Facebook launches a website for Messenger, opens up platform for businesses and developers
Earlier this year in January, WhatsApp launched its web version to much fanfare but hasn't been spoken about much since then. Now, Facebook has launched a separate website for its Messenger app. Yes, Facebook had acquired WhatsApp for $19 billion and now both the services- WhatsApp and Messenger- exist as mobile apps and websites as well. This step is inline with what seemed clear from Facebook's F8 conference. WhatsApp will remain as chat application while Messenger will be opened up as a platform, much like what Line and WeChat do.
Messenger will allow users to:
1) Chat with friends via text, know when messages are delivered and sent. (And ofcourse stickers)
2) HD Calls and sending photos, videos.
3) Voice messages and group chats
4) Payments (available in select areas). Via this, users can send and receive money from friends (which gives Facebook access to card details)
Facebook in total has more than 900 million users and the Messenger App is used by more than 600 million users worldwide. This move from Facebook gives the users who use Facebook for messaging an option to do just that. The messaging service will remain integrated with Facebook but on the Messenger, users will get access to many more services built on top.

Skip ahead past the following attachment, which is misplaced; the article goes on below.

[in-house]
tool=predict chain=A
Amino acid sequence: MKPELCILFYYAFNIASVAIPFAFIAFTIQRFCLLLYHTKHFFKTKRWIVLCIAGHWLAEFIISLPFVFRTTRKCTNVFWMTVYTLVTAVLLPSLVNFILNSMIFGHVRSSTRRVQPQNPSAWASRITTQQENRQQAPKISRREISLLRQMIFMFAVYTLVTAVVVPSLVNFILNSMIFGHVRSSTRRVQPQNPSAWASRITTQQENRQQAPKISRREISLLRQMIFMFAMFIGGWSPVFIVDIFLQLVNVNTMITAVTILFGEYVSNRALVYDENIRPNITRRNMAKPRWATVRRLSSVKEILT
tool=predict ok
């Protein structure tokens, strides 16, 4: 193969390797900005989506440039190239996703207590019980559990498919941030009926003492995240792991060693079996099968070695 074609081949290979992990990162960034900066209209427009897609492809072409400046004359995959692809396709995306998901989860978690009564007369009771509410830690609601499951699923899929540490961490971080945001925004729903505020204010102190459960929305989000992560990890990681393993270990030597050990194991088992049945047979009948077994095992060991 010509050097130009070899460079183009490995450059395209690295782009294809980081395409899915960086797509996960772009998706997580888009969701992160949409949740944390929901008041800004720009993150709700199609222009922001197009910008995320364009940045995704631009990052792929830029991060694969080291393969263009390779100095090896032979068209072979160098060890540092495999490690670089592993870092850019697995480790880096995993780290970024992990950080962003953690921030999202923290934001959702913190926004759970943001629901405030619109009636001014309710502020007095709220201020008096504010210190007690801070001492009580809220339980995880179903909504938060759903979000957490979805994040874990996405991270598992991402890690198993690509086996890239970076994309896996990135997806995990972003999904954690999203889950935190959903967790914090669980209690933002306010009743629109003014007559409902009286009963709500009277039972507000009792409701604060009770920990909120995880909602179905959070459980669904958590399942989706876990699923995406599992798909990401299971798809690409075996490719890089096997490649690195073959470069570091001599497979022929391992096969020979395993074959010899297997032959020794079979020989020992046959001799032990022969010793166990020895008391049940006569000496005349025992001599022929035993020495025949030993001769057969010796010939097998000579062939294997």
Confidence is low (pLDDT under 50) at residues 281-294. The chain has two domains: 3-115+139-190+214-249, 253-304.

Apart from the users, Messenger opens up possibilities for businesses and developers:
Businesses on Messenger (coming soon): This will allow businesses to have personal, real-time conversations with customers. When people check out a business owners website, they can sign up to connect in Messenger. Then the business will be able to send them personalized updates. For offering support, Facebook is partnering with Zendesk.
Building on the Messenger platform: Apps on the platform let people express themselves and get creative. People can install a developer's app and use it right from the conversations they're already having in Messenger. Bitmoji and Giphy are examples of this.
This move from Facebook open up a lot of possibilities for it to build and experiment services on top of Messenger while its core offering remains the same on Facebook. This will also open a distribution channel for developers who have an application that can sit on top of the Messenger app. The peer to peer payment is also an interesting open and one can expect more developments on the same lines.